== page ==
Wi-Fi 5 implemented Multi-User, Multi-Input, Multiple Output (MU-MIMO), which can deliver data across four streams at once, but only via downlink. Wi-Fi 6, which runs in full-duplex (up and down) MU-MIMO, supports eight streams, allowing each to service multiple devices.

And Wi-Fi 6 includes a variety of other enhancements tuned toward efficient networking: Multi-Traffic Identifier Aggregated MAC Protocol Data Unit (multi-TID AMPDU), individual target wake time (TWT), and operation mode indication (OMI).

Wi-Fi 6 hardware has already begun to appear. Just don’t call it 802.11ax. ®

Original Source: The Register

10Mbps Internet speeds for everyone by 2020

The UK Government is introducing a Universal Service Obligation (USO) for broadband as part of its commitment in the UK Digital Strategy (March 2017) to ensure that the UK has world-class digital connectivity and inclusion.

The new USO is a UK-wide measure, intended to fill the gap left by the UK Government’s existing broadband roll-out programs, to deliver broadband connections to the hardest to reach premises in the UK. The USO is intended to provide a legal right to request a broadband connection of at least 10 Mbps download speed, up to a reasonable cost threshold.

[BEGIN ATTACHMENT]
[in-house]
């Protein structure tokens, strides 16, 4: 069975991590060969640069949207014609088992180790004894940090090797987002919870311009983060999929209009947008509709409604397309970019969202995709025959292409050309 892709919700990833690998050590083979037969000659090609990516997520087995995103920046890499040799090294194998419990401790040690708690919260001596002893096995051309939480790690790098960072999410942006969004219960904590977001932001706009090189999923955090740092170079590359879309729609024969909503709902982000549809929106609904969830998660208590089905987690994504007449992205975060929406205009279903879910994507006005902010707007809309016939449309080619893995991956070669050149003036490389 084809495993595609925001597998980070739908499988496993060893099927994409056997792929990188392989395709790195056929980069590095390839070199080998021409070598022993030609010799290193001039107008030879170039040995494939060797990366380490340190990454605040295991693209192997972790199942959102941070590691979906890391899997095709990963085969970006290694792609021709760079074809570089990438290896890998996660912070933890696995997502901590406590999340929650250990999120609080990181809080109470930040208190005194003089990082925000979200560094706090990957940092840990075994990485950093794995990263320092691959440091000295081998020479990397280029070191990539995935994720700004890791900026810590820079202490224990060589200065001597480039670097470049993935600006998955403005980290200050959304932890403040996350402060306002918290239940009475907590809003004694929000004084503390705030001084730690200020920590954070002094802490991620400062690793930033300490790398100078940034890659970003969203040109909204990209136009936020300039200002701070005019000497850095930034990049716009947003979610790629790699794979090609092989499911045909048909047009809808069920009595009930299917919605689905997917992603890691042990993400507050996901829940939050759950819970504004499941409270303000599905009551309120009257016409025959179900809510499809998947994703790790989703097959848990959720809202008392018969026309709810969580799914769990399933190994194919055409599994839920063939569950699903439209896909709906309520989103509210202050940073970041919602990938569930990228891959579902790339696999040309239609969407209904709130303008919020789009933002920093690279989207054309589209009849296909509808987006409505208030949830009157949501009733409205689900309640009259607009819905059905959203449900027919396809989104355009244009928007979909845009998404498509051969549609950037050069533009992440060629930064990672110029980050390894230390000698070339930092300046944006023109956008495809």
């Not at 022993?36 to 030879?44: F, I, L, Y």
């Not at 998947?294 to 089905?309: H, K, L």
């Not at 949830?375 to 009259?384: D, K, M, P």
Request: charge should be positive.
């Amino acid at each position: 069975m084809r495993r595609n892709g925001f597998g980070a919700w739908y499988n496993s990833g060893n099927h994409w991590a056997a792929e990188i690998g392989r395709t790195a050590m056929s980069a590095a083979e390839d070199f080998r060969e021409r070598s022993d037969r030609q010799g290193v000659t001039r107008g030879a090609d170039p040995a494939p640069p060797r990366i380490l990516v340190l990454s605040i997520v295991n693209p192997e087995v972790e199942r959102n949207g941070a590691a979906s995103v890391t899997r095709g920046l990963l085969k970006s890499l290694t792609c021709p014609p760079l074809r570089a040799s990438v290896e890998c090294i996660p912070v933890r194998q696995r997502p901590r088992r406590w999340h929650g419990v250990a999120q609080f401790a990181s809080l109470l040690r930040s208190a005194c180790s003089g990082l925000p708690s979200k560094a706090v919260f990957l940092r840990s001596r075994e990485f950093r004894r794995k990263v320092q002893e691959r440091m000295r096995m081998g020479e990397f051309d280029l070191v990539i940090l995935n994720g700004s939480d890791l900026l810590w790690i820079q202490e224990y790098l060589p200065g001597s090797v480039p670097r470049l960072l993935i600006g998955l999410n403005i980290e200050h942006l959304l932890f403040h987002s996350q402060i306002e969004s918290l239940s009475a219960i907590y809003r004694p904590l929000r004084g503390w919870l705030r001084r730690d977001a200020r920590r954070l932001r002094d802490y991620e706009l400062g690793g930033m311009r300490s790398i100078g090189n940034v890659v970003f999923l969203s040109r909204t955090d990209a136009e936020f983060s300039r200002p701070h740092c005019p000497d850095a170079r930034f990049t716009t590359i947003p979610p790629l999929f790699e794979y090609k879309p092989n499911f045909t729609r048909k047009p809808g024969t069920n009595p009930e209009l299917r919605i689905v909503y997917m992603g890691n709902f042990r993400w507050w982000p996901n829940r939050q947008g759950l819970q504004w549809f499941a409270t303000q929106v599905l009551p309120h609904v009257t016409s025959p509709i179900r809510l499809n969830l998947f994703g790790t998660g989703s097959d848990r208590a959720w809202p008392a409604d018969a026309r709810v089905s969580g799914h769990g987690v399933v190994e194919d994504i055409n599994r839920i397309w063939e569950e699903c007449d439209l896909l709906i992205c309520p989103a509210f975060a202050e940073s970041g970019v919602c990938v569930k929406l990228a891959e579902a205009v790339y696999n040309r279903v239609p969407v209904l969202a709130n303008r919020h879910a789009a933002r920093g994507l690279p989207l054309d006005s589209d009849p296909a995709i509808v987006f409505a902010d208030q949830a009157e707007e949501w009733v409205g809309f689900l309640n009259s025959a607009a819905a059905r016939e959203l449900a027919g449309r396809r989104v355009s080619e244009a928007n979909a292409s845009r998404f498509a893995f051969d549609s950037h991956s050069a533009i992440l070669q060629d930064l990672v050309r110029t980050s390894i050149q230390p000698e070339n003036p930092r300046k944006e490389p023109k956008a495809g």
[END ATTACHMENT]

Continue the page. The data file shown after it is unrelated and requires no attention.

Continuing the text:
The Digital Economy Act 2017 gives the UK Government the power to implement the USO via secondary legislation. The Act also allows for the Government to review the USO and to increase the minimum speed. There was broad cross-party and consumer support for the introduction of a statutory USO for broadband in general, but there were mixed views from industry stakeholders as to how universal access to broadband should be delivered.

How will it be implemented?

The UK Government was considering two options for the delivery of its aim for universal access to broadband connections with at least 10 Mbps download speeds by 2020:

  • a regulatory approach implemented by secondary legislation; and
  • a proposal by BT to deliver the service voluntarily.

The Government announced in December 2017 that it would adopt the regulatory approach. Under this framework, the USO will be demand-led. This means that consumers will have a right to request a connection. A universal service provider (most likely BT) will be obliged to build all reasonable requests up to cost threshold (£3400 proposed). The USO is expected to be funded by a cost-sharing industry fund.

Up to 25% of new builds still can’t get superfast broadband – study

Up to 1 / 4 of recent builds still lack get right of entry to to superfast net, in keeping with a study via comparison web site Thinkbroadband.

The studies, based totally on facts from the office for national records, estimates that one in four to 1 in 5 new premises do not have provision for 30Mbps.